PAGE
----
|Publication number||US4664092 A|
|Application number||US 06/772,631|
|Publication date||May 12, 1987|
|Filing date||Sep 5, 1985|
|Priority date||Oct 17, 1984|
|Also published as||DE3438009A1|
|Publication number||06772631, 772631, US 4664092 A, US 4664092A, US-A-4664092, US4664092 A, US4664092A|
|Original Assignee||Robert Bosch Gmbh|
|Export Citation||BiBTeX, EndNote, RefMan|
|Patent Citations (3), Referenced by (5), Classifications (12), Legal Events (5)|
|External Links: USPTO, USPTO Assignment, Espacenet|
This invention concerns a five cylinder, four stroke internal combustion engine of the electric ignition type in which the distribution of spark pulses to the several cylinders is performed without the use of movable parts, which is to say without the conventional ignition distributor unit. It has become known from automobile service station establishments that each of the five spark plugs located in the respective five cylinders of such an engine can be provided with an individual ignition coil provided with arrangements for switching the several ignition coils on and off in the rhythm of the required ignition sequence. The provision of these five ignition coils produces an assembly of great weight, substantial expense of material and large space requirements, with the result that this service station ignition system is poorly suited to meet the requirements of an ingition system built into the engine of a motor vehicle.
It is an object of the invention to provide a distributorless ignition system for a five cylinder engine that is economical and effective. Briefly, the system has three ignition coils, one of them serving a single cylinder and each of the other two serving a pair of cylinders. The ignition coils, of which each serve a pair of cylinders, each have the high potential terminal of the secondary winding connected to the two sparkplugs of the respective cylinders through diodes that are oppositely poled, and each have two primary windings arranged to be alternately excited in opposite directions of magnetic polarity. The ignition coil serving a single cylinder preferably has the high voltage terminal of its secondary winding also connected through a diode to the sparkplug of the cylinder in question.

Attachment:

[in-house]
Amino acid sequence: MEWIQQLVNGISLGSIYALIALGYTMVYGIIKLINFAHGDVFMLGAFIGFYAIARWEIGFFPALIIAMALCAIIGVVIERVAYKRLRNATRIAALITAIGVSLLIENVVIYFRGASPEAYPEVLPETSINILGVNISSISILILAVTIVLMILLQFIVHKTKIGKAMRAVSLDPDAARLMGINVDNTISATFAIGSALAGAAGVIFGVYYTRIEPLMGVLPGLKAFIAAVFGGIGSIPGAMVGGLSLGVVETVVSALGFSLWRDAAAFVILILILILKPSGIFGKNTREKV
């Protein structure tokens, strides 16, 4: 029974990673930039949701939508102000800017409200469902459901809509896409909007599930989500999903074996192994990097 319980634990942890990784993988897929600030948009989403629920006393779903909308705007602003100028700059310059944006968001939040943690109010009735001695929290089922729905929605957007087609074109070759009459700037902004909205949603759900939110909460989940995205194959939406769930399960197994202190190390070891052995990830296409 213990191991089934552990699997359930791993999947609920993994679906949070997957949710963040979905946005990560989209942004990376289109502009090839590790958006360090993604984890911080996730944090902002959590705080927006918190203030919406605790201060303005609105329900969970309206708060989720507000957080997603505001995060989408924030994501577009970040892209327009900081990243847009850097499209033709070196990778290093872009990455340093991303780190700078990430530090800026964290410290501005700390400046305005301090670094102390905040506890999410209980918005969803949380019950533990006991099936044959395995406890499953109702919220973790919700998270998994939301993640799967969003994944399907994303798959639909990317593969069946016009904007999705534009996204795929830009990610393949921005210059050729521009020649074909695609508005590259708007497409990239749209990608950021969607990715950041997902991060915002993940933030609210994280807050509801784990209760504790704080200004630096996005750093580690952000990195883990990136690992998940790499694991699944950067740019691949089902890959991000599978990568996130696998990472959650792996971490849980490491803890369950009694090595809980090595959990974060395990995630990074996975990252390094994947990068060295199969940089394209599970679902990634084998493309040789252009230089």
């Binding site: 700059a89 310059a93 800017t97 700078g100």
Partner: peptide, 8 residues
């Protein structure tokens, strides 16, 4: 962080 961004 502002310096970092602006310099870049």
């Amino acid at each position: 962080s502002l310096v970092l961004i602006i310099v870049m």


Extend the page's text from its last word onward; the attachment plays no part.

Further features of the invention are explained in the following description provided by way of illustrative example with reference to the annexed drawings, in which:
FIG. 1 shows a block circuit diagram of an ignition system according to the invention, and
FIG. 2 is a diagrammatic representation of the manner of operation of a five cylinder, four stroke internal combustion engine.
The ignition system shown in FIG. 1 is designed to serve a five cylinder four stroke gasoline engine of a motor vehicle. The reference numerals 1 to 5 respectively designate the cylinders in their firing order. A sparkplug 6 is provided in the cylinder 1, a sparkplug 7 in cylinder 2, a sparkplug 8 in cylinder 3, a sparkplug 9 in cylinder 4 and a sparkplug 10 in cylinder 5. One connection of each of the sparkplugs is grounded to the engine block and vehicle chassis as shown at M. The grounded terminal of the sparkplug 6 is connected to the cathode connection of a diode 11, the ungrounded connection of the sparkplug 7 to the cathode connection of a diode 12, the ungrounded connection of a sparkplug 8 to the anode connection of a diode 13, the ungrounded connection of a sparkplug 9 with the anode connection of a diode 14 and the ungrounded connection of the sparkplug 10 with the cathode connection of a diode 15.